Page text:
Do you have questions about annuities?
In this 5-min video, I demystify annuities by explaining the 3 different types of annuities—and their fees—so that you can be an informed consumer as you plan for a successful retirement.
(Full Transcript is below.)
Full Transcript of video
Hello, I’m Josh Duncan with SCB News bringing you this edition of Financial Freedom. The purpose of Financial Freedom is to provide tips to help you achieve financial freedom for personal significance.
Annuities are complex insurance products
In recent months the topic of annuities has come up in conversation. Often someone brings up that they own an annuity. I respond with questions about the annuity and the reasons they made the purchase. Since annuities are complex insurance products, it can be challenging to understand how they work. Let’s do a high-level review of annuities.
The main purpose of an annuity is to provide a steam of income over a period. Pensions are a form of an annuity. Although annuities can pay over different periods, many annuity owners enjoy a lifetime income stream.
As I mentioned earlier, annuities are insurance products. Money is added to the annuity which the insurance company invests. The insurance company makes an agreement with you via a contract describing how the money will grow before paid out and the rate at which it will be paid out. Money can be added all at once or over time. The method at which it’s added will impact the growth and pay out.
Annuities - What is the difference between fixed, variable, or indexed?
So, how does the money grow? Fixed annuities provide a fixed rate of return. You know exactly what you will have in the future. Variable annuities use investments to provide the growth rate. Taking on this additional risk provides the potential for a higher return and payout in the future. There are also indexed annuities where the growth is tied to one or more investment indices.
Variable and indexed annuities have “safeguards” you can purchase, called riders, that will keep the value of your annuity from decreasing if the investments do not perform well. Yes, these must be purchased. Why? The insurance company is basically covering the reduction in value of your annuity. Your additional payment for this rider helps offset their risk for the value decline. Are you starting to see how these get complicated?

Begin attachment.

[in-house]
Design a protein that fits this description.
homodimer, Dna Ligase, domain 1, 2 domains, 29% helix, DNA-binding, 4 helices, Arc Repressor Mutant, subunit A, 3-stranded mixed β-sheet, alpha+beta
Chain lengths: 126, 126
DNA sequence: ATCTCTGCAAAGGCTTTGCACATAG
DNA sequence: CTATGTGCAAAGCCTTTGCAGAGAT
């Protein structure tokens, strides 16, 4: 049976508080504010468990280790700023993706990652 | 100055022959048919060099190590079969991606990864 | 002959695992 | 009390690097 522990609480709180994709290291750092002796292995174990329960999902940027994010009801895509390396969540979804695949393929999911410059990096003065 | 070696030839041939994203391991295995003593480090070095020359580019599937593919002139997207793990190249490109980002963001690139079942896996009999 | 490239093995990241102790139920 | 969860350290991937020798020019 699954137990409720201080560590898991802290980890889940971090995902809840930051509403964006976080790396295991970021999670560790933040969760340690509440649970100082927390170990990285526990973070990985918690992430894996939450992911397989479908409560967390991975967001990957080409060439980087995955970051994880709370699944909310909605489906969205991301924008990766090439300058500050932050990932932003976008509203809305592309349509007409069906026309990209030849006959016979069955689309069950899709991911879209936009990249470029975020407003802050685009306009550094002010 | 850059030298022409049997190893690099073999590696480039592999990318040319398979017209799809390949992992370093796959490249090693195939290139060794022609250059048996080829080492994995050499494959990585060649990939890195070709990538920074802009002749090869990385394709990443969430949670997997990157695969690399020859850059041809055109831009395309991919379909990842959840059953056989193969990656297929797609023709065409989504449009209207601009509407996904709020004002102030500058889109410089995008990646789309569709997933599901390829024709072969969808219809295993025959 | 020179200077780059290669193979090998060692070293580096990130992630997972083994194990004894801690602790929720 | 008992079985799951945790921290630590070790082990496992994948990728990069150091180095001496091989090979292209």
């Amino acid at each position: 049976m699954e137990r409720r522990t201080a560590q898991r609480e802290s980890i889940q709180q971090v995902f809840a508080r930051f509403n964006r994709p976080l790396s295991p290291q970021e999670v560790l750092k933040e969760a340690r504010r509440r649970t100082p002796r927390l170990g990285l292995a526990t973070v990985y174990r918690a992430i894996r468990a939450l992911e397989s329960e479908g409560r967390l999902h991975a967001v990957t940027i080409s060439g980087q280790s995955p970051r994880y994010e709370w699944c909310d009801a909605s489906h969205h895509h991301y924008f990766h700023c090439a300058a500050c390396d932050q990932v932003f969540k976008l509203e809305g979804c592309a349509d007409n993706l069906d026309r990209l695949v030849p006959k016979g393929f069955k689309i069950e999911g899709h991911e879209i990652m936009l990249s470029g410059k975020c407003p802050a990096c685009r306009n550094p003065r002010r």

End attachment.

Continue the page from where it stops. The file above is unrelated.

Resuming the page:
Annuity fees – maintenance, riders, surrender
Now, let’s look at the fees. Think about what we have discussed. Growth of certain rates, possible safeguards against a decline in value, guaranteed payments for a period. Like all benefits, these too cost money.
First, you must pay the insurance company to create and maintain the annuity. This includes creating statements and other paperwork. Next, is the mortality expense, which pays out a death benefit when you pass. The investments in a variable annuity have expenses, too. As we mentioned, riders have a cost. The annual fee for all these items could be as high as 3%. This fee is deducted from your account value.
Finally, is the surrender charge. When you purchase an annuity, a commission is paid to the insurance agent. The insurance company funds this commission. However, if you decide to get out of the annuity within the first six to 15 years, you will have to pay a percentage back to the insurance company. They just withhold this fee upon surrender. Be sure you know the surrender period and schedule before buying. These are intended to be long-term agreements.
Be cautious and take time to learn about your annuity options
All annuities are not created equal. There are many companies who provide annuities and all their variations. There is not enough time for me to review all types of annuities here. However, there are good annuities available that truly help folks achieve a successful retirement.
As with any investment or insurance product, it’s important you understand what you are buying and its purpose. Be cautious of putting all or most of your money into any one investment. Additionally, do not sign for any investment or insurance you do not understand. Keep asking questions so you can understand how the product works and supports your goals. It’s unrealistic to believe you will understand something this complicated in an hour-long meeting.
Thank you for joining me for Financial Freedom. I'm Josh Duncan, Financial Advisor with F5 Financial Planning, helping you achieve financial freedom for personal significance. Please contact me here to send topics you would like me to cover. See you next time.
Photo credit: SCB Video TV Marketing (producers of the video)
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